Teen authors David & Laura Lee (Inspire us to write)

David T. Lee (15 year-old of 5 books, published a 4,500-word sci-fi at 7); Laura T. Lee (13 year-old of 2 novels, published a 62,000-word novel at 10)

“Aquaman” fantastically mixes dazzling spectacle with Jason Momoa’s charisma!

Written By: David T. Lee - Dec• 25•18

This Christmas, I made an unconventional choice and dived deep underwater with “Aquaman”. Directed by James Wan and starring Jason Momoa as the titular character, “Aquaman” introduces its conflict from the start. Queen Atlanna of Atlantis (Nicole Kidman in a small role) falls in love with a human after he saves her. They raise a child, Arthur Curry, together. Unfortunately, Atlanna must leave them as Atlantis-folk are forbidden to interact with the humans above. That sets up a common theme of divisiveness, where the people below take offense with the people above. Arthur must handle his status as someone of mixed blood as he is called to take control of Atlantis. Why? The current king, incensed at the pollution humans put in the seas, wants to destroy them.

“Aquaman” hits the ground running with a bouncy pace. You might expect a good portion to be devoted to how Aquaman trains. That’s not present (there’s just a few brief flashbacks to Aquaman’s training), which helps “Aquaman” quickly move to its more exciting bits. Solid supporting characters like Mera (Amber Heard) and Vulko (Willem Dafoe) prove their worth in a fantastical yet entertaining plot. There’s a bit of humor, but not too much to distract. “Aquaman” is more light-hearted than superhero films of late (“Avengers: Infinity War” for example).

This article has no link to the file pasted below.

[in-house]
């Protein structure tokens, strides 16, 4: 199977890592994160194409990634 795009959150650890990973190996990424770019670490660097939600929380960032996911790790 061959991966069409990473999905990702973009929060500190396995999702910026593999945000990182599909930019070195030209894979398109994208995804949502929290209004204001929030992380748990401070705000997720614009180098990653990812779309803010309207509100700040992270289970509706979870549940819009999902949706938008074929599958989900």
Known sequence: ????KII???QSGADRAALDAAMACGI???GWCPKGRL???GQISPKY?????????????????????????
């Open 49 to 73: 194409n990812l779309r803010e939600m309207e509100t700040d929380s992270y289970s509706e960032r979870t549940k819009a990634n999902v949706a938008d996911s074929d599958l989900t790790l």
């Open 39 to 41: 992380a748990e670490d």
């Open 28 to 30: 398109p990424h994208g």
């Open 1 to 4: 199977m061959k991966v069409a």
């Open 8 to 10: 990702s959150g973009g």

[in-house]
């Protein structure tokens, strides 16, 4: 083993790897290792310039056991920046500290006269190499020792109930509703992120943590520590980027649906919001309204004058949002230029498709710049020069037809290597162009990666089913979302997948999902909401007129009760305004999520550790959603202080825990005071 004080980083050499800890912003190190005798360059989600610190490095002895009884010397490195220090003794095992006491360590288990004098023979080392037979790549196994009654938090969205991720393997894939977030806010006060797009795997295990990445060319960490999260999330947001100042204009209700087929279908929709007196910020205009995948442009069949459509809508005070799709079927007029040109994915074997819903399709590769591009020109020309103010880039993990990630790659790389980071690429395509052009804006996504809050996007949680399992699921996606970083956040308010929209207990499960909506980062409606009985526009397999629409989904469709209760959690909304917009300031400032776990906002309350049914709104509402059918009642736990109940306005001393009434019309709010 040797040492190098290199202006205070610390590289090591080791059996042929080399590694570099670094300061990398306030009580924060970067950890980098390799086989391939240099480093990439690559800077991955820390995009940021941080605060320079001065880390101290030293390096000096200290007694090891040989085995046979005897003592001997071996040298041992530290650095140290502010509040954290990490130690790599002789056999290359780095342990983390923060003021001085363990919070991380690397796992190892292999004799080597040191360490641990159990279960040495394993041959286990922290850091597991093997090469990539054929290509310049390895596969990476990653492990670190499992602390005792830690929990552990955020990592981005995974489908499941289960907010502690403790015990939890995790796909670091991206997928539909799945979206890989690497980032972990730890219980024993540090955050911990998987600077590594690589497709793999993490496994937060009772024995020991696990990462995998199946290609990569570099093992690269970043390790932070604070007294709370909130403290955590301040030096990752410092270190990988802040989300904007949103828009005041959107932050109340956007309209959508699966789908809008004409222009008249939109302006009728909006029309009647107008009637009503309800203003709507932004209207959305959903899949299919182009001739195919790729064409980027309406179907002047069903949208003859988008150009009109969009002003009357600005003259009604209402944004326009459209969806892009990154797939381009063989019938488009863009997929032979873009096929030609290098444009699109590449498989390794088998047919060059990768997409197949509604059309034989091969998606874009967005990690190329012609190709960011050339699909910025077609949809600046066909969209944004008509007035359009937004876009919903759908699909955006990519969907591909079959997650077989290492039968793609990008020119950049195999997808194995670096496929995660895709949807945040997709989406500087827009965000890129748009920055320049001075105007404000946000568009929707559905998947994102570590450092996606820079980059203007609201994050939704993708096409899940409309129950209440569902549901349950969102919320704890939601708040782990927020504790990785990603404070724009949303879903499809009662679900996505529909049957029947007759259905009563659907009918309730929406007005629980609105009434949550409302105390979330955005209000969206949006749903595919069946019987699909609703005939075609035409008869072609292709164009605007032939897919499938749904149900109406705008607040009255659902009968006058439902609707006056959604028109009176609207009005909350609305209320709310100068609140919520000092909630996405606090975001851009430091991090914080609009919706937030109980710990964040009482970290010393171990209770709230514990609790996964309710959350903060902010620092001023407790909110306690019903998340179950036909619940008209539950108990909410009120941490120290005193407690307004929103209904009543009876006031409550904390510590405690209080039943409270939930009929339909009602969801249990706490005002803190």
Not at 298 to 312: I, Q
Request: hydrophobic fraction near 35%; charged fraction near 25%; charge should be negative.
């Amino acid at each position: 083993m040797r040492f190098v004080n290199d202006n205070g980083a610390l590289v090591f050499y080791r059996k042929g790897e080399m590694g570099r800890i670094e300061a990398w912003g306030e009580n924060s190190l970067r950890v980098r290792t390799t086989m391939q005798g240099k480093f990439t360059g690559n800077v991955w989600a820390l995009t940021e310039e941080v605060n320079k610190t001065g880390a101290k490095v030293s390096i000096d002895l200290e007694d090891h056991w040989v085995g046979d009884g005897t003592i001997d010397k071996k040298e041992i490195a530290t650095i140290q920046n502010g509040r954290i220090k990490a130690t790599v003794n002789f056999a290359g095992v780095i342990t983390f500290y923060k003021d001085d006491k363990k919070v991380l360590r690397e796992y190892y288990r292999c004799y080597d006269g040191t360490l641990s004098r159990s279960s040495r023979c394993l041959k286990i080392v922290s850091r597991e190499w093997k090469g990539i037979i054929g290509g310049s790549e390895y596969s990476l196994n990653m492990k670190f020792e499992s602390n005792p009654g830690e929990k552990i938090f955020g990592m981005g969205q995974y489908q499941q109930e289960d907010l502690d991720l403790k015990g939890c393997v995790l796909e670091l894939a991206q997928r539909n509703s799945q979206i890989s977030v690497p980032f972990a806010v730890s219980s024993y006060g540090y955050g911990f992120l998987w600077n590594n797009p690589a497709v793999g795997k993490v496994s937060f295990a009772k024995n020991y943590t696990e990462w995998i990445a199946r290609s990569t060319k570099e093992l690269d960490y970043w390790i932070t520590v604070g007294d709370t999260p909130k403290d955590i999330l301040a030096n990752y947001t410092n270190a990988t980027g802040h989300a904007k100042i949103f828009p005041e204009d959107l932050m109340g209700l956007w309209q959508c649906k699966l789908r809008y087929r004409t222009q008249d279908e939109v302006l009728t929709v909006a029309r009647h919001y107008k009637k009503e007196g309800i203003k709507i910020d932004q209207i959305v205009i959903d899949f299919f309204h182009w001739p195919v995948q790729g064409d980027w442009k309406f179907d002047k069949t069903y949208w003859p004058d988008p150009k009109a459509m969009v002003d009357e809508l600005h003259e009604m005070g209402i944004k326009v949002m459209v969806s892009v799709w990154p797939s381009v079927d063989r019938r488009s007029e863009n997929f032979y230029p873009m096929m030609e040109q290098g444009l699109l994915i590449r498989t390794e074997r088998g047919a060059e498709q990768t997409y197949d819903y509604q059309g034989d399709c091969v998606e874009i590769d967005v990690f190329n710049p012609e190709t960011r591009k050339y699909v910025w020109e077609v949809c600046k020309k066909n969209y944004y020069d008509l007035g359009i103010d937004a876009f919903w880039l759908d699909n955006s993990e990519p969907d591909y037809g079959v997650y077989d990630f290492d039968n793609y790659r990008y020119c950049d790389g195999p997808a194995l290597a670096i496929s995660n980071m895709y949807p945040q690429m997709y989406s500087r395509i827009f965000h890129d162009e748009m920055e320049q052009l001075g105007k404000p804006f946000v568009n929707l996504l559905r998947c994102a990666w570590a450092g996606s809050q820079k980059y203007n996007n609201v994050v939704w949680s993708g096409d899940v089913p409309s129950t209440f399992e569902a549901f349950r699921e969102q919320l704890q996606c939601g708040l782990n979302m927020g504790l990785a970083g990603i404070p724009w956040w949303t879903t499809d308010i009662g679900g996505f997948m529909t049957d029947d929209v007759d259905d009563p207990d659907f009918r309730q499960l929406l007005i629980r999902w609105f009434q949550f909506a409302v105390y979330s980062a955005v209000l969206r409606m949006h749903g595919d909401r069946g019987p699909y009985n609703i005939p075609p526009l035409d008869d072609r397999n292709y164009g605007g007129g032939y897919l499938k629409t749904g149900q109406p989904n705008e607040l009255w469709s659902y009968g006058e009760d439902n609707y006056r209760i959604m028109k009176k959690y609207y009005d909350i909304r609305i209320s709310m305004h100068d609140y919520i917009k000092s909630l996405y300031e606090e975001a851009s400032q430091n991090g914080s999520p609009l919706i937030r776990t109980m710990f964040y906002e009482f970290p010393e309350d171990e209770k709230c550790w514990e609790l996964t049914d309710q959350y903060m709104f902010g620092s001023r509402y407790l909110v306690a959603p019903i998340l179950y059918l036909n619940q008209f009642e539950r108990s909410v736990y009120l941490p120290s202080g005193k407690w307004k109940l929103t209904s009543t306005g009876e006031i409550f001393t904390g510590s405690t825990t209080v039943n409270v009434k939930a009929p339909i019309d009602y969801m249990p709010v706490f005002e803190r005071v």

Of course, the boldest and best part of “Aquaman” are the visuals. Make no mistake, this is the best-looking DC film I’ve seen. Underwater locales are vibrant with color and creatures. Action sequences are comprehensible and pulse-pounding. One highlight is a brief rooftop chase against mercenaries: the camerawork, which zooms around (seamlessly at times) between the heroes and villains, really sells this scene. The performances aren’t bad, too. Momoa has the charm, humor and muscles to make you root for him throughout the film. Nicole Kidman also makes the best of her role as Atlanna.

With all the fun I had, I noticed a couple missteps and oddities. Some of the action scenes were pretty good, but anticlimactic. The dialogue scenes were obviously edited to make the actors sound like they were underwater, but I couldn’t understand what they were speaking at times. A side villain disappears and never shows up in the film again. The visual effects at a few moments make the film look like a video game. “Aquaman” borrows heavily from clichés and films like “Black Panther” and it shows. A more original storyline would push “Aquaman” into masterpiece status.

Still, “Aquaman” is a delicious cake of a film. It’s clear from beginning to end that the director and actors had a blast making this film. Despite a little cheesiness, I relished it. It’s an experience I recommend you check out.

Have a Happy New Year!
David:)

Aquaman picture

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